The lawsuit asks for a judge to ban the school from doing this again and for money to compensate for the pain and emotional trauma and for attorneys’ fees.

Kentucky state regulations ban school officials from physically restraining students that they know have disabilities that could cause problems.

“Shackling children is not okay. It is traumatizing, and in this case it is also illegal,” Susan Mizner, disability counsel for the ACLU, said in a news release.

>>> Read more Sheriff defends deputy accused of illegally handcuffing disabled children at school

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Parent advocates fight for longer recess times

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GREENBELT – A parent-led advocacy group has started an online petition requesting Prince George’s County Public Schools (PGCPS) to extend recess time for elementary schools.

Prince George’s County Advocates for Better Schools (PGCABS), a parent-led advocacy group out of Greenbelt, started a petition on Change.org demanding PGCPS change its policy after finding out their children receive as little as 15 minutes a day of outdoor recess time.

According to PGCPS policy document 6130 states, “Recess should be given for no less than 15 minutes per day and for no more than 30 minutes per day,” leaving it up to administrations at individual schools to pick an amount of time that works for their schedule, according to Keesha Bullock, director of communications for PGCPS.

The county-wide minimum time is one of the shortest in the area. According to Howard County Board of Education policy 9090, elementary school children must 30 minutes of recess daily. Montgomery County policy allows for 20-30 minutes of recess. Fairfax County extended its recess to 20 minutes daily last October and a cut to 15 minutes of recess in Washington D. C. received backlash from parents in 2013, forcing school officials to push the minimum recess time to 20 minutes, according to a Washington Post article.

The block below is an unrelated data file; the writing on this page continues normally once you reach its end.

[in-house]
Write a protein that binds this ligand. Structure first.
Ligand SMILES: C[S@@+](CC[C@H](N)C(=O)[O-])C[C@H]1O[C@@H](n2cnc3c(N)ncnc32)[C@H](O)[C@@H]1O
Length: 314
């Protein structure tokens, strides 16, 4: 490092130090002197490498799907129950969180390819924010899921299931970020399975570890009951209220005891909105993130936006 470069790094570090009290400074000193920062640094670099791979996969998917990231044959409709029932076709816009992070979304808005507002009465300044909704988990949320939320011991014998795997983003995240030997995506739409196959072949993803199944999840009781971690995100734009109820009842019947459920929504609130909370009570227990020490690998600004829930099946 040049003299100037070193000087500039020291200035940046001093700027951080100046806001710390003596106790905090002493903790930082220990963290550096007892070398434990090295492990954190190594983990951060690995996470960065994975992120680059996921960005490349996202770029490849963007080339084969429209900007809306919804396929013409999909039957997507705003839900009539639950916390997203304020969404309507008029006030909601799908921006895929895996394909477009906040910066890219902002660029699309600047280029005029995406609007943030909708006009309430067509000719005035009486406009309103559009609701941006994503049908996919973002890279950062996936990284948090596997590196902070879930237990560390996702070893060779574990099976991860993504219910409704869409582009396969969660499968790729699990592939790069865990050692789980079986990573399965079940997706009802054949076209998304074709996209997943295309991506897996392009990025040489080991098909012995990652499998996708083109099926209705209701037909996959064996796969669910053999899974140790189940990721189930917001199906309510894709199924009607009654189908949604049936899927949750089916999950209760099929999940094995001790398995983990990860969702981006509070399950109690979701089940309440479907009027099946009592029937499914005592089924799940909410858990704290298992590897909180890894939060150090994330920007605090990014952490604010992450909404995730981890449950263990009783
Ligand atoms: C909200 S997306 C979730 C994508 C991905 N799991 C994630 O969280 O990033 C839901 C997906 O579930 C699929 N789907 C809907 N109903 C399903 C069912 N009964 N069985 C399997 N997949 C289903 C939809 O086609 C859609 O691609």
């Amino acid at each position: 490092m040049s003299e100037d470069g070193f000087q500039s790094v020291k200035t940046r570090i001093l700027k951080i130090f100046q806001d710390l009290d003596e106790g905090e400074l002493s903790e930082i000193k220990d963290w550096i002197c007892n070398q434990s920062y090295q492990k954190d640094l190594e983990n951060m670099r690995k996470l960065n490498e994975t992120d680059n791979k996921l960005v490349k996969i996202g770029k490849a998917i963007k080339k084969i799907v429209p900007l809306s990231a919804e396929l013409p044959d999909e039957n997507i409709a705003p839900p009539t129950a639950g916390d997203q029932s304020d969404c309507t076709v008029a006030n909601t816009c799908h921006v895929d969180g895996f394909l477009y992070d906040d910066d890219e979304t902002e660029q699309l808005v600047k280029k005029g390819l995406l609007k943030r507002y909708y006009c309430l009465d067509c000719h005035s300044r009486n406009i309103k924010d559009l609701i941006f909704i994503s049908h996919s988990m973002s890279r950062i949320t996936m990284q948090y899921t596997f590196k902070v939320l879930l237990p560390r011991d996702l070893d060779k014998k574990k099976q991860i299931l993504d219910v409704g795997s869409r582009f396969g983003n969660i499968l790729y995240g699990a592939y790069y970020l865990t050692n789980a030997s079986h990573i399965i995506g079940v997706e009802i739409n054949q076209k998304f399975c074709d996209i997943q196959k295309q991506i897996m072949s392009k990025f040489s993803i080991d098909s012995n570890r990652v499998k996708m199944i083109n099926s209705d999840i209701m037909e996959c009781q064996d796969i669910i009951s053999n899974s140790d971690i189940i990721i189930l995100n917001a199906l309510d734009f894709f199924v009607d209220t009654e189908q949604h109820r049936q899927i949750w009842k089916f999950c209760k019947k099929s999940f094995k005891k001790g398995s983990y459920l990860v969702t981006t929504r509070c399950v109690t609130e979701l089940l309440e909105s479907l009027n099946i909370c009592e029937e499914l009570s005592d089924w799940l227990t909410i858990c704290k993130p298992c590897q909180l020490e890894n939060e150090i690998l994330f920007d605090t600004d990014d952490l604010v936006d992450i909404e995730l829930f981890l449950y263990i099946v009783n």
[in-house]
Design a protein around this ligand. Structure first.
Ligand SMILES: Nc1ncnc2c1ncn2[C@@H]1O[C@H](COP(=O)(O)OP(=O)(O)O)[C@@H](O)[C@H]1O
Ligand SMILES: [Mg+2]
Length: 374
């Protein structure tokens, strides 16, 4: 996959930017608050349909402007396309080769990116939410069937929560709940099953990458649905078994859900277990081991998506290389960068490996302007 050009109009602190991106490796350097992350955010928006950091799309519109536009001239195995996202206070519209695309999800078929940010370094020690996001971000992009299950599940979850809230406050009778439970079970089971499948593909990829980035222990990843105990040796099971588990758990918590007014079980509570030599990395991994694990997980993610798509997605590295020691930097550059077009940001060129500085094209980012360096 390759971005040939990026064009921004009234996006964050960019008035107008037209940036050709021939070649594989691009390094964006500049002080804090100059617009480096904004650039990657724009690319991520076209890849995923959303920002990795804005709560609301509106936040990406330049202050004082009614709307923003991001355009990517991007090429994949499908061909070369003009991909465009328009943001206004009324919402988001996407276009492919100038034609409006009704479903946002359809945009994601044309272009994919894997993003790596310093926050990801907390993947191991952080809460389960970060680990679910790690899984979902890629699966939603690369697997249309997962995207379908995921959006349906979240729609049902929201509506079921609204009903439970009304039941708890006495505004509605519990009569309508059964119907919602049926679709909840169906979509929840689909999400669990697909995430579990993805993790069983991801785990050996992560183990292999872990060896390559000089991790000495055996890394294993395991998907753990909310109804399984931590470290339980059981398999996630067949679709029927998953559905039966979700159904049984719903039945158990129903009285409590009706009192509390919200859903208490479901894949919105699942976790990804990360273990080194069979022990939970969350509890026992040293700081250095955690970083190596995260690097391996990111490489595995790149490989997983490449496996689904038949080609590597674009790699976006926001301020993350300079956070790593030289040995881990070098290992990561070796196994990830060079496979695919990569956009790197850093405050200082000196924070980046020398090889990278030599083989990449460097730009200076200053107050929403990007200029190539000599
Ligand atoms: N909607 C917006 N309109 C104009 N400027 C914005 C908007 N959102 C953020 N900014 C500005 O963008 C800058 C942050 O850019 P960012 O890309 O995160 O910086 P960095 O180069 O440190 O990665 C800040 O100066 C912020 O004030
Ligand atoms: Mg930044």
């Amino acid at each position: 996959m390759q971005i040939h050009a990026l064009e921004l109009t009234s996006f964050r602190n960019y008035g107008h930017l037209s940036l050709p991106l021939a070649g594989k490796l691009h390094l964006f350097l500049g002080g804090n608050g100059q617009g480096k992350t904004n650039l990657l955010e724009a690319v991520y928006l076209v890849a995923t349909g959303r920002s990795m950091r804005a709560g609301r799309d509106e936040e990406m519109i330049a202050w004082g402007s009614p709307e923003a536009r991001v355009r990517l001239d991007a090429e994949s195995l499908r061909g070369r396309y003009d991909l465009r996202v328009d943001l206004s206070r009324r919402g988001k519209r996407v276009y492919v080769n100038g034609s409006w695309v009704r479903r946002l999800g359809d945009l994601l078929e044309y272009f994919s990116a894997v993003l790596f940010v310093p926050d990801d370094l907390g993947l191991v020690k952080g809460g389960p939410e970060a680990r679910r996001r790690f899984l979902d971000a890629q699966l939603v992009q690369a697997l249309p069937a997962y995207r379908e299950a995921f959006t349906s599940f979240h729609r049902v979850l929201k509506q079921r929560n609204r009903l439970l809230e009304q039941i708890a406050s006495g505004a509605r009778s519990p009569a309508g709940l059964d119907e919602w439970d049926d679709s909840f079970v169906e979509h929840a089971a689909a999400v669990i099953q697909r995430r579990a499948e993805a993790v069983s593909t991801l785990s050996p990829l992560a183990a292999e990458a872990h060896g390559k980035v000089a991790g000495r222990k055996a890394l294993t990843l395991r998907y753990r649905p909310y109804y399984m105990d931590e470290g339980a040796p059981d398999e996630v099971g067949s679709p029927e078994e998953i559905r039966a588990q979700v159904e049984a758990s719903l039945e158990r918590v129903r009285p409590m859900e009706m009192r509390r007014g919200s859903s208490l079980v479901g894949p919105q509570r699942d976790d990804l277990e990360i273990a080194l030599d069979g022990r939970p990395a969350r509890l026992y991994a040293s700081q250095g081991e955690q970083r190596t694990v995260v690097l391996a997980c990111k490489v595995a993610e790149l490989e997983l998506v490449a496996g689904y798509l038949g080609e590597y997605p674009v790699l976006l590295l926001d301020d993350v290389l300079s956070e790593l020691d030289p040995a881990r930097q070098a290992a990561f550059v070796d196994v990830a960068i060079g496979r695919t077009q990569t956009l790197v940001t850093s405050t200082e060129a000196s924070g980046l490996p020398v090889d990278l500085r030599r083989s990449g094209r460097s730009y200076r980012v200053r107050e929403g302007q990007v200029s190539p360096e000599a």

PGCAB began meeting in March after Genevieve Demos Kelley noticed many parents had similar complaints about the school system. The group, Kelley said, was founded to help foster greater parent and teacher advocacy. She said they do not typically take a group stance on any one issue, but longer recess times was something everyone could agree on.

“Normally what we stand for is greater parent and teacher involvement, especially relating to policy decisions, and greater openness and responsiveness from the school system,” she said. “With the recess issue we found that there was basically a consensus among the parents that we spoke to. I have yet to meet a parent who thinks that 15 minutes of recess isn’t inadequate. So for this particular issue, we felt comfortable about getting behind it as a group.”

Danielle Celdran, a member of PGCABS, said she is passionate about increasing movement and recess time in her son’s school. Her son Danzson, she said, needs more time to enjoy being a child at school.

“He’s excited to learn and he wants to learn, but he also needs time for enrichment,” Celdran said. “I just wish we could add more time for kids to be kids.”

Often Danzson will say he is sick or he doesn’t want to go to school, Celdran said, because he is tired of rigorous learning every day. She said children need to have some control of their day, a chance to make their own games and make friends.

“It’s a good thing to see kids grow and socialize with each other on the playground. They need these tools to grow and be independent,” she said.

Celdran said the lack of recess was at the “top of the list” of reasons why she is pulling her child from public school at the end of the school year.

“We have decided to home school him this fall,” she said. “Hopefully by the time we come back we’ll see some changes.”

Kenneth Haines, the president of Prince George’s County Educators Association, said the association does not have an “official” position on recess times, but is aware of the lack of physical movement children participate in at school.

“We have been concerned about the movement to increase ‘rigor’ in pre-school and Kindergarten through the elimination of nap time by a previous Superintendent, Dr. Hornsby, as well as the decrease in physical activity due to increased academic instruction,” he wrote in an email. “Children need movement to remain in good physical health which we consider a pre-requisite for optimal learning.”